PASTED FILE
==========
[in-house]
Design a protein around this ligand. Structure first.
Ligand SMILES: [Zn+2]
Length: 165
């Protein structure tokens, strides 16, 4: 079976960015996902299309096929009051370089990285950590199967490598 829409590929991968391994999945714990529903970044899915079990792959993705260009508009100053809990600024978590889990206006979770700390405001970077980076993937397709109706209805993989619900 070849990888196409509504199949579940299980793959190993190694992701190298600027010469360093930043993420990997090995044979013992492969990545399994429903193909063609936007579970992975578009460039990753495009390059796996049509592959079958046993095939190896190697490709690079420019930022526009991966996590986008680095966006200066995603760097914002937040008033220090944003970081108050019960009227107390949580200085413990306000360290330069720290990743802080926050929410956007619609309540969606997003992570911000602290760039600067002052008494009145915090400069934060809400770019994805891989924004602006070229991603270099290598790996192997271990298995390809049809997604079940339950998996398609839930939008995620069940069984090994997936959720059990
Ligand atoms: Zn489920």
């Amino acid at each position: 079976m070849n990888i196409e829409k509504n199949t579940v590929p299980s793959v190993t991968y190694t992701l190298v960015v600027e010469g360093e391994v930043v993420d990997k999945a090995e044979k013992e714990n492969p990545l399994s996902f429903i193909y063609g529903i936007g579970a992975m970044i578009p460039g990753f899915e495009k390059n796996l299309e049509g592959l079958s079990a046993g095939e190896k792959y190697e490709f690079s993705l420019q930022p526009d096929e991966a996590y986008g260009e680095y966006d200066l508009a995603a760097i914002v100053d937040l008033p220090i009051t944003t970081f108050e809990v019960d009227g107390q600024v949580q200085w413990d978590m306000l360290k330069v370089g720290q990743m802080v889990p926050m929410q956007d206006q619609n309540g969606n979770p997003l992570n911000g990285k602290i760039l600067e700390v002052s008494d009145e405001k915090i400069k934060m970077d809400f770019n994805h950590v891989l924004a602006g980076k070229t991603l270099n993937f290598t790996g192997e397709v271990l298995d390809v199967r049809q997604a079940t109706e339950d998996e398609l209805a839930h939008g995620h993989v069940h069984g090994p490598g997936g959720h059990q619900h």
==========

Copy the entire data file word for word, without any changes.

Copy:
[in-house]
Design a protein around this ligand. Structure first.
Ligand SMILES: [Zn+2]
Length: 165
């Protein structure tokens, strides 16, 4: 079976960015996902299309096929009051370089990285950590199967490598 829409590929991968391994999945714990529903970044899915079990792959993705260009508009100053809990600024978590889990206006979770700390405001970077980076993937397709109706209805993989619900 070849990888196409509504199949579940299980793959190993190694992701190298600027010469360093930043993420990997090995044979013992492969990545399994429903193909063609936007579970992975578009460039990753495009390059796996049509592959079958046993095939190896190697490709690079420019930022526009991966996590986008680095966006200066995603760097914002937040008033220090944003970081108050019960009227107390949580200085413990306000360290330069720290990743802080926050929410956007619609309540969606997003992570911000602290760039600067002052008494009145915090400069934060809400770019994805891989924004602006070229991603270099290598790996192997271990298995390809049809997604079940339950998996398609839930939008995620069940069984090994997936959720059990
Ligand atoms: Zn489920």
């Amino acid at each position: 079976m070849n990888i196409e829409k509504n199949t579940v590929p299980s793959v190993t991968y190694t992701l190298v960015v600027e010469g360093e391994v930043v993420d990997k999945a090995e044979k013992e714990n492969p990545l399994s996902f429903i193909y063609g529903i936007g579970a992975m970044i578009p460039g990753f899915e495009k390059n796996l299309e049509g592959l079958s079990a046993g095939e190896k792959y190697e490709f690079s993705l420019q930022p526009d096929e991966a996590y986008g260009e680095y966006d200066l508009a995603a760097i914002v100053d937040l008033p220090i009051t944003t970081f108050e809990v019960d009227g107390q600024v949580q200085w413990d978590m306000l360290k330069v370089g720290q990743m802080v889990p926050m929410q956007d206006q619609n309540g969606n979770p997003l992570n911000g990285k602290i760039l600067e700390v002052s008494d009145e405001k915090i400069k934060m970077d809400f770019n994805h950590v891989l924004a602006g980076k070229t991603l270099n993937f290598t790996g192997e397709v271990l298995d390809v199967r049809q997604a079940t109706e339950d998996e398609l209805a839930h939008g995620h993989v069940h069984g090994p490598g997936g959720h059990q619900h």